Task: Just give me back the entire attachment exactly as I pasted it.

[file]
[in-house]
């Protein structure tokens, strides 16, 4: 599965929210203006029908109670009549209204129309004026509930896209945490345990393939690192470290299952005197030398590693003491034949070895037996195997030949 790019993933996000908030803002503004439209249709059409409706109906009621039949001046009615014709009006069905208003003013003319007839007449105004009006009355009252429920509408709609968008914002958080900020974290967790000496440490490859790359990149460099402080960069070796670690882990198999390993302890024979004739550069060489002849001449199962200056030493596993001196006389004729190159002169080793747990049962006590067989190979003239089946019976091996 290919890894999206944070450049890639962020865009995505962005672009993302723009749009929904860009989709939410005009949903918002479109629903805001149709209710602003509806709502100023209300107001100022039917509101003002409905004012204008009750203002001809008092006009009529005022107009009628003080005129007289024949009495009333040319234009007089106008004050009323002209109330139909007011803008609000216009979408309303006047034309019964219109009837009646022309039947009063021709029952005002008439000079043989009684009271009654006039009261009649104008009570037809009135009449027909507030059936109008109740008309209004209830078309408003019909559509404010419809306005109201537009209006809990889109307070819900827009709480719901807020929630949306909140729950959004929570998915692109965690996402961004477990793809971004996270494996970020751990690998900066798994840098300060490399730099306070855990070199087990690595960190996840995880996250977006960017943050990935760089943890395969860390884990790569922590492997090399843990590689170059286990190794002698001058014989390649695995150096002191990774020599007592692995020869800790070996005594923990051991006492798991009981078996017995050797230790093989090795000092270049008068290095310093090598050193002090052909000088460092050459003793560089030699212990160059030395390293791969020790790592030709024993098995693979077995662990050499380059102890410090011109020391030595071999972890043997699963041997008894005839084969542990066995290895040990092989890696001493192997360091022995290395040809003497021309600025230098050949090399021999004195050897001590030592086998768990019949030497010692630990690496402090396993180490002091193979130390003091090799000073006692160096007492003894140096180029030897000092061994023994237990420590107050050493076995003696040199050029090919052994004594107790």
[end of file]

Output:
[in-house]
């Protein structure tokens, strides 16, 4: 599965929210203006029908109670009549209204129309004026509930896209945490345990393939690192470290299952005197030398590693003491034949070895037996195997030949 790019993933996000908030803002503004439209249709059409409706109906009621039949001046009615014709009006069905208003003013003319007839007449105004009006009355009252429920509408709609968008914002958080900020974290967790000496440490490859790359990149460099402080960069070796670690882990198999390993302890024979004739550069060489002849001449199962200056030493596993001196006389004729190159002169080793747990049962006590067989190979003239089946019976091996 290919890894999206944070450049890639962020865009995505962005672009993302723009749009929904860009989709939410005009949903918002479109629903805001149709209710602003509806709502100023209300107001100022039917509101003002409905004012204008009750203002001809008092006009009529005022107009009628003080005129007289024949009495009333040319234009007089106008004050009323002209109330139909007011803008609000216009979408309303006047034309019964219109009837009646022309039947009063021709029952005002008439000079043989009684009271009654006039009261009649104008009570037809009135009449027909507030059936109008109740008309209004209830078309408003019909559509404010419809306005109201537009209006809990889109307070819900827009709480719901807020929630949306909140729950959004929570998915692109965690996402961004477990793809971004996270494996970020751990690998900066798994840098300060490399730099306070855990070199087990690595960190996840995880996250977006960017943050990935760089943890395969860390884990790569922590492997090399843990590689170059286990190794002698001058014989390649695995150096002191990774020599007592692995020869800790070996005594923990051991006492798991009981078996017995050797230790093989090795000092270049008068290095310093090598050193002090052909000088460092050459003793560089030699212990160059030395390293791969020790790592030709024993098995693979077995662990050499380059102890410090011109020391030595071999972890043997699963041997008894005839084969542990066995290895040990092989890696001493192997360091022995290395040809003497021309600025230098050949090399021999004195050897001590030592086998768990019949030497010692630990690496402090396993180490002091193979130390003091090799000073006692160096007492003894140096180029030897000092061994023994237990420590107050050493076995003696040199050029090919052994004594107790």